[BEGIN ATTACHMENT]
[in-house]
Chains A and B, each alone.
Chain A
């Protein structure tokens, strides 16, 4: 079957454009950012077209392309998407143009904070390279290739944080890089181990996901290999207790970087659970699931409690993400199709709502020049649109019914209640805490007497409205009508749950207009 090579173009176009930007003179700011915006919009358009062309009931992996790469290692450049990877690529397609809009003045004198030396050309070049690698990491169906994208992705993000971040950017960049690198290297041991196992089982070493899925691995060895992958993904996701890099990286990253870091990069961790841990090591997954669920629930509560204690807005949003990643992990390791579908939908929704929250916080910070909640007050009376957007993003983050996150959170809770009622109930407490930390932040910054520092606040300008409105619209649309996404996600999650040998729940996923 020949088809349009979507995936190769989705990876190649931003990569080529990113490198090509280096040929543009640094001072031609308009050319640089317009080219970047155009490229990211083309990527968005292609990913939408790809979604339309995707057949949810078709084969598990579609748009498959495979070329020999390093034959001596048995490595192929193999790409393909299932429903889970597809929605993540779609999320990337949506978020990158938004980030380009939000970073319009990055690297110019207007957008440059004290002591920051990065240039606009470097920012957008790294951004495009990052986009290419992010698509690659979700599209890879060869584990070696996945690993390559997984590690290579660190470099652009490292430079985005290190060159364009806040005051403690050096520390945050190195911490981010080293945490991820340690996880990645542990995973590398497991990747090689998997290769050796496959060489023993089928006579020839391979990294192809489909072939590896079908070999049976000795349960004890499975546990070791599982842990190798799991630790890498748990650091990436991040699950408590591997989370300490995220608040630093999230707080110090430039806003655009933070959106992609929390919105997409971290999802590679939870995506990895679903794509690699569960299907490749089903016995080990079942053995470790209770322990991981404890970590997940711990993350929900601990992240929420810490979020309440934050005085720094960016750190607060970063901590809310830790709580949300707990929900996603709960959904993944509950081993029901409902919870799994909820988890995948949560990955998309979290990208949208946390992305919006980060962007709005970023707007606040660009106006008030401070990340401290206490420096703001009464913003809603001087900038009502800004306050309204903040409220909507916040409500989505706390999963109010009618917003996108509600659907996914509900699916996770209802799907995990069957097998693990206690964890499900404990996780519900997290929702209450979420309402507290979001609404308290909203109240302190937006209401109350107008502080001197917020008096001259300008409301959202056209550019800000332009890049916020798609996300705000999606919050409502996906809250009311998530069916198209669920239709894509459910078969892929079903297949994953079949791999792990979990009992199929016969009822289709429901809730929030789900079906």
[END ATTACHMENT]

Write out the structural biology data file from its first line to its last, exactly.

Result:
[in-house]
Chains A and B, each alone.
Chain A
């Protein structure tokens, strides 16, 4: 079957454009950012077209392309998407143009904070390279290739944080890089181990996901290999207790970087659970699931409690993400199709709502020049649109019914209640805490007497409205009508749950207009 090579173009176009930007003179700011915006919009358009062309009931992996790469290692450049990877690529397609809009003045004198030396050309070049690698990491169906994208992705993000971040950017960049690198290297041991196992089982070493899925691995060895992958993904996701890099990286990253870091990069961790841990090591997954669920629930509560204690807005949003990643992990390791579908939908929704929250916080910070909640007050009376957007993003983050996150959170809770009622109930407490930390932040910054520092606040300008409105619209649309996404996600999650040998729940996923 020949088809349009979507995936190769989705990876190649931003990569080529990113490198090509280096040929543009640094001072031609308009050319640089317009080219970047155009490229990211083309990527968005292609990913939408790809979604339309995707057949949810078709084969598990579609748009498959495979070329020999390093034959001596048995490595192929193999790409393909299932429903889970597809929605993540779609999320990337949506978020990158938004980030380009939000970073319009990055690297110019207007957008440059004290002591920051990065240039606009470097920012957008790294951004495009990052986009290419992010698509690659979700599209890879060869584990070696996945690993390559997984590690290579660190470099652009490292430079985005290190060159364009806040005051403690050096520390945050190195911490981010080293945490991820340690996880990645542990995973590398497991990747090689998997290769050796496959060489023993089928006579020839391979990294192809489909072939590896079908070999049976000795349960004890499975546990070791599982842990190798799991630790890498748990650091990436991040699950408590591997989370300490995220608040630093999230707080110090430039806003655009933070959106992609929390919105997409971290999802590679939870995506990895679903794509690699569960299907490749089903016995080990079942053995470790209770322990991981404890970590997940711990993350929900601990992240929420810490979020309440934050005085720094960016750190607060970063901590809310830790709580949300707990929900996603709960959904993944509950081993029901409902919870799994909820988890995948949560990955998309979290990208949208946390992305919006980060962007709005970023707007606040660009106006008030401070990340401290206490420096703001009464913003809603001087900038009502800004306050309204903040409220909507916040409500989505706390999963109010009618917003996108509600659907996914509900699916996770209802799907995990069957097998693990206690964890499900404990996780519900997290929702209450979420309402507290979001609404308290909203109240302190937006209401109350107008502080001197917020008096001259300008409301959202056209550019800000332009890049916020798609996300705000999606919050409502996906809250009311998530069916198209669920239709894509459910078969892929079903297949994953079949791999792990979990009992199929016969009822289709429901809730929030789900079906």